Sunday, January 24, 2010

Furisode vs. Tomesode

Clothing is used around the world to tell society a little about yourself, and in Japan kimono actually say quite a lot.

For the rare occasions a modern Japanese woman will wear full-on kimono (as opposed to the cute, common yukata worn to summer festivals), the first choice to make is furisode 振り袖 vs. tomesode 留袖.

If she's young and unmarried (up to mid-late 20s depending on who you talk to), she can wear a furisode, or "swinging sleeve" kimono. The sleeves on a furisode can go all the way down to your ankles when worn at their most formal length, and as they get shorter the more casual the furisode becomes.

In comparison, adult single or married women always wear tomesode, the shorter "stay-at-home sleeve" (you get married and stay at home after that). A 35-year-old single woman, a rarity in traditional times, walking around in a furisode would look very strange to most Japanese eyes.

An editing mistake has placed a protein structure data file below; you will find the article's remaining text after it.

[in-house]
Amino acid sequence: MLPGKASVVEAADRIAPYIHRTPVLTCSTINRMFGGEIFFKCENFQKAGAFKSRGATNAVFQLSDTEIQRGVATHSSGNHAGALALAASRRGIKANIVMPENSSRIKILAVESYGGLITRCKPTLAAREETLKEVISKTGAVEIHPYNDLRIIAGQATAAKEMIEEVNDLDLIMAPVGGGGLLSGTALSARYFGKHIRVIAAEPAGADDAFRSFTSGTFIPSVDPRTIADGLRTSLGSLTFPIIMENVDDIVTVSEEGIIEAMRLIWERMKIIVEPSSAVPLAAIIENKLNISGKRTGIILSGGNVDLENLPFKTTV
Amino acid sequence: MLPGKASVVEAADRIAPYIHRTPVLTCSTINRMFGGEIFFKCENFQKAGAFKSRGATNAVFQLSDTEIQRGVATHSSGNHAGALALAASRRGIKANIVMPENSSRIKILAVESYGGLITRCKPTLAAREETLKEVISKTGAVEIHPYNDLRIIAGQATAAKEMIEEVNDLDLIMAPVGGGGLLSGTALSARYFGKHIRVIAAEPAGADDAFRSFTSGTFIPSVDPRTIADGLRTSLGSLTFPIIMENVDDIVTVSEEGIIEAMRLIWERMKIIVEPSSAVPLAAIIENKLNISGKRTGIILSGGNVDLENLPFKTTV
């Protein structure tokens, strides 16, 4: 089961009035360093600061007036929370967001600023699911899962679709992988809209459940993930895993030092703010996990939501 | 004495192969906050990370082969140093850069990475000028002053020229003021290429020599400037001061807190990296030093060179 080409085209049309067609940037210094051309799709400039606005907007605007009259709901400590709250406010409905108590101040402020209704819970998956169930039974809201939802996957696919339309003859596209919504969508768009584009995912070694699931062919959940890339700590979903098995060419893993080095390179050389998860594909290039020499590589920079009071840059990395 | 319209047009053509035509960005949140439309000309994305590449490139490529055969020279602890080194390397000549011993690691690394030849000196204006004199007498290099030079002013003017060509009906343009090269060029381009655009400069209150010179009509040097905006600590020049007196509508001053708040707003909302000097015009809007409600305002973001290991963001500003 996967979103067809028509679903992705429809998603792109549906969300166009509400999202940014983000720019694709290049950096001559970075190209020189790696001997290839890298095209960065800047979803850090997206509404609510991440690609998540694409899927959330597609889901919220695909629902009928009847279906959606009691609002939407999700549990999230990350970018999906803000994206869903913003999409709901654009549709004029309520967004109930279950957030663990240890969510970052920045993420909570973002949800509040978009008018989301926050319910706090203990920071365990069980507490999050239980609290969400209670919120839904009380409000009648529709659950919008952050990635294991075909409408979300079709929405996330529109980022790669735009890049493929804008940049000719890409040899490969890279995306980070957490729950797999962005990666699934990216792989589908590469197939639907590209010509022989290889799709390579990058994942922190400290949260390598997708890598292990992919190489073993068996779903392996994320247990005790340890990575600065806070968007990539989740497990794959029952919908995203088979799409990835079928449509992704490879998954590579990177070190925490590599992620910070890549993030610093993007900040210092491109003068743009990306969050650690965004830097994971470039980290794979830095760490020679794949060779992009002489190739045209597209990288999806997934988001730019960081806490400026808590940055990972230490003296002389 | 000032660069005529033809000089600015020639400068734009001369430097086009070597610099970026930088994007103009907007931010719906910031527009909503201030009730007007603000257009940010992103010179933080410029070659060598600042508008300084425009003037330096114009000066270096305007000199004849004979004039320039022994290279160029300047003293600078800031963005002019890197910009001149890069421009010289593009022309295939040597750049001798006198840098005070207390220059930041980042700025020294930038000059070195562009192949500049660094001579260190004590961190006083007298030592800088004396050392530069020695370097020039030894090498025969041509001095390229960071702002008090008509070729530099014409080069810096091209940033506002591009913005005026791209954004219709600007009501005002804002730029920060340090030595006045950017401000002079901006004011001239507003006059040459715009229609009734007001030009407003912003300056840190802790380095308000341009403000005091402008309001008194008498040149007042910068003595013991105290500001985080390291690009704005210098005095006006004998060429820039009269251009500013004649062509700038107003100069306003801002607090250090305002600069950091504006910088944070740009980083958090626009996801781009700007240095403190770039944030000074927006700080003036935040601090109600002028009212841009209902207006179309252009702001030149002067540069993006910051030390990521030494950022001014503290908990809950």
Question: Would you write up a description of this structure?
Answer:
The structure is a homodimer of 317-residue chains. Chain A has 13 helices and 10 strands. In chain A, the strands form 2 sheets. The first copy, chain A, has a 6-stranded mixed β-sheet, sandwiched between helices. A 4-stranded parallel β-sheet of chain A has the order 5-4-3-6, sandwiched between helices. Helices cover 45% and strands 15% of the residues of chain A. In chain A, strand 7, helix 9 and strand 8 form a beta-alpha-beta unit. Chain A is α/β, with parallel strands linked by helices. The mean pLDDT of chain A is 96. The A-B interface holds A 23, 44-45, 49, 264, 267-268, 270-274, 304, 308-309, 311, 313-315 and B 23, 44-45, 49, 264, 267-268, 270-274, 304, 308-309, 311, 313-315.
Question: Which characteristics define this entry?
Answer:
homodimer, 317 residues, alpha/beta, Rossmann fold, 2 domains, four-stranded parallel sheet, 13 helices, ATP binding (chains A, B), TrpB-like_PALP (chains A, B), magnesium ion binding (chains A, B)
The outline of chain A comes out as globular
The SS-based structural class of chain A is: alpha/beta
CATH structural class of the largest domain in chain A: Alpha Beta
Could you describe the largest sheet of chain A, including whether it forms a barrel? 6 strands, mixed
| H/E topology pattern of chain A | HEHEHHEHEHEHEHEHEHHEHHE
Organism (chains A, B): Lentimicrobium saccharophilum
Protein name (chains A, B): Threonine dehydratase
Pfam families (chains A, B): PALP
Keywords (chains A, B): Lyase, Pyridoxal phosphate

Tomesode sleeves hang to around the hip, though pre-WWII ones tend to be longer. (War rationing involved using less material in clothes, so women were asked to chop their sleeves shorter to support the war effort. After the war the shorter sleeves stuck and became normal).

Both furisode and tomesode can be casual or formal, simple or fancy, though these days furisode have largely crystallized into the formal variety as they're not worn on a day-to-day basis anymore.

Images copyright Ichiroya and used with permission.

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